Presentation Title

P-21 Function and Origin of Pseudoenzymes within the Metallocarboxypeptidase Family

Presenter Status

Associate Professor, Biology

Second Presenter Status

Student, Biology

Third Presenter Status

Student, Biology

Fourth Presenter Status

Student, Biology

Preferred Session

Poster Session

Start Date

25-10-2019 2:00 PM

Presentation Abstract

The M14 family of metallocarboxypeptidases (MCPs) is a large family of proteins. Most of these proteins function as proteolytic enzymes by trimming specific amino acids from the carboxy termini of substrate proteins. However, several members of this protein family lack enzymatic activity due to the substitution of critical active site amino acids. These pseudoenzymes are poorly characterized due to the lack of enzymatic activity. Recently we have attempted to learn more about the function of two such pseudoenzymes, S. cerevisiae Ecm14 and D. rerio Cpxm1a. In order to investigate the function of Ecm14, we employed a synthetic lethal assay, in which random mutagenesis of yeast was used to identify genes whose function was required in the absence of Ecm14. Screening of 27,000 yeast identified 22 putative synthetic lethal mutants which are currently being analyzed. In order to investigate the function of the vertebrate pseudoenzyme, Cpxm1a, we obtained a zebrafish containing a point mutation that resulted in the premature truncation of the protein. Following development of a genotyping method, we have begun the preliminary characterization of a craniofacial phenotype in this organism. It is apparent that pseudoenzymes have important function in biology. The origin of these functional pseudoenzymes is thought to be the duplication of an active enzyme gene followed by mutation. Through an analysis of the almost 200 vertebrate genomes found in the Ensembl database, we have identified many unique MCP gene duplications, with the expectation that some will encode new enzymes or pseudoenzymes.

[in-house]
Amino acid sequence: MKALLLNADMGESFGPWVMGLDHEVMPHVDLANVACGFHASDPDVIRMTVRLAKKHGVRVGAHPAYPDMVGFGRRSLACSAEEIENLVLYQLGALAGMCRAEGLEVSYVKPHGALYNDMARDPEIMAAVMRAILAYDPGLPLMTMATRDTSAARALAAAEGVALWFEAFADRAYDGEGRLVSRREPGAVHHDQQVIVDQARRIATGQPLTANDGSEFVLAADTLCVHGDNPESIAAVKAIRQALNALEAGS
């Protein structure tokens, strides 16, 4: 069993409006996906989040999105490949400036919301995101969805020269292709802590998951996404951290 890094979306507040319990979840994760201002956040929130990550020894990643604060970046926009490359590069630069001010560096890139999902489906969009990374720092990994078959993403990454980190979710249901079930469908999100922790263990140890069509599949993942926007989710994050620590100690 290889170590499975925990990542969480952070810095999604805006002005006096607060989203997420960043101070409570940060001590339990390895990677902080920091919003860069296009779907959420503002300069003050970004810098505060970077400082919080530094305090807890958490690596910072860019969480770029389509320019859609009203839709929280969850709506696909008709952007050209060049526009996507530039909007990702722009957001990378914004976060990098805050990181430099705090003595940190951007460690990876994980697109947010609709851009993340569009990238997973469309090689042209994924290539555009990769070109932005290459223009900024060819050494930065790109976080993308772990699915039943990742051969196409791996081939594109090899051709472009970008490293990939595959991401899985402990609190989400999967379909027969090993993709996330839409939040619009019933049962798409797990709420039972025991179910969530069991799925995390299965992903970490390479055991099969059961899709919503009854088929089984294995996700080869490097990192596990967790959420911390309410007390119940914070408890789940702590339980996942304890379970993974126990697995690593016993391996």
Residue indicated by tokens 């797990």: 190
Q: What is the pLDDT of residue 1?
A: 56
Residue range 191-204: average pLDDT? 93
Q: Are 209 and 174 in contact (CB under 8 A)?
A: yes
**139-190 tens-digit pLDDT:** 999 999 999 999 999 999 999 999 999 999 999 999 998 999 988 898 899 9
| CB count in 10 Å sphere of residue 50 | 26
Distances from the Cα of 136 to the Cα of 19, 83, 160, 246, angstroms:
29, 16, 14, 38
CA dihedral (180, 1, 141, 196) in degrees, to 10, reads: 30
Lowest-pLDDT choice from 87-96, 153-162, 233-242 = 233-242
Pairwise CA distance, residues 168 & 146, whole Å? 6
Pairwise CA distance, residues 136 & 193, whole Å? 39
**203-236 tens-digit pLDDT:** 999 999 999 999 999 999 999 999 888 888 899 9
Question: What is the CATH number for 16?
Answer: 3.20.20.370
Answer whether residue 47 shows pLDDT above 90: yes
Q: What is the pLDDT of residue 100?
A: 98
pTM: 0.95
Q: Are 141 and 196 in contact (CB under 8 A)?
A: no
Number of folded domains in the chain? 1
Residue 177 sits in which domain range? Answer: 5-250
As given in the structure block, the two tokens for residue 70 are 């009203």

Acknowledgments

Andrews University Faculty Research Grant

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Oct 25th, 2:00 PM

P-21 Function and Origin of Pseudoenzymes within the Metallocarboxypeptidase Family

The M14 family of metallocarboxypeptidases (MCPs) is a large family of proteins. Most of these proteins function as proteolytic enzymes by trimming specific amino acids from the carboxy termini of substrate proteins. However, several members of this protein family lack enzymatic activity due to the substitution of critical active site amino acids. These pseudoenzymes are poorly characterized due to the lack of enzymatic activity. Recently we have attempted to learn more about the function of two such pseudoenzymes, S. cerevisiae Ecm14 and D. rerio Cpxm1a. In order to investigate the function of Ecm14, we employed a synthetic lethal assay, in which random mutagenesis of yeast was used to identify genes whose function was required in the absence of Ecm14. Screening of 27,000 yeast identified 22 putative synthetic lethal mutants which are currently being analyzed. In order to investigate the function of the vertebrate pseudoenzyme, Cpxm1a, we obtained a zebrafish containing a point mutation that resulted in the premature truncation of the protein. Following development of a genotyping method, we have begun the preliminary characterization of a craniofacial phenotype in this organism. It is apparent that pseudoenzymes have important function in biology. The origin of these functional pseudoenzymes is thought to be the duplication of an active enzyme gene followed by mutation. Through an analysis of the almost 200 vertebrate genomes found in the Ensembl database, we have identified many unique MCP gene duplications, with the expectation that some will encode new enzymes or pseudoenzymes.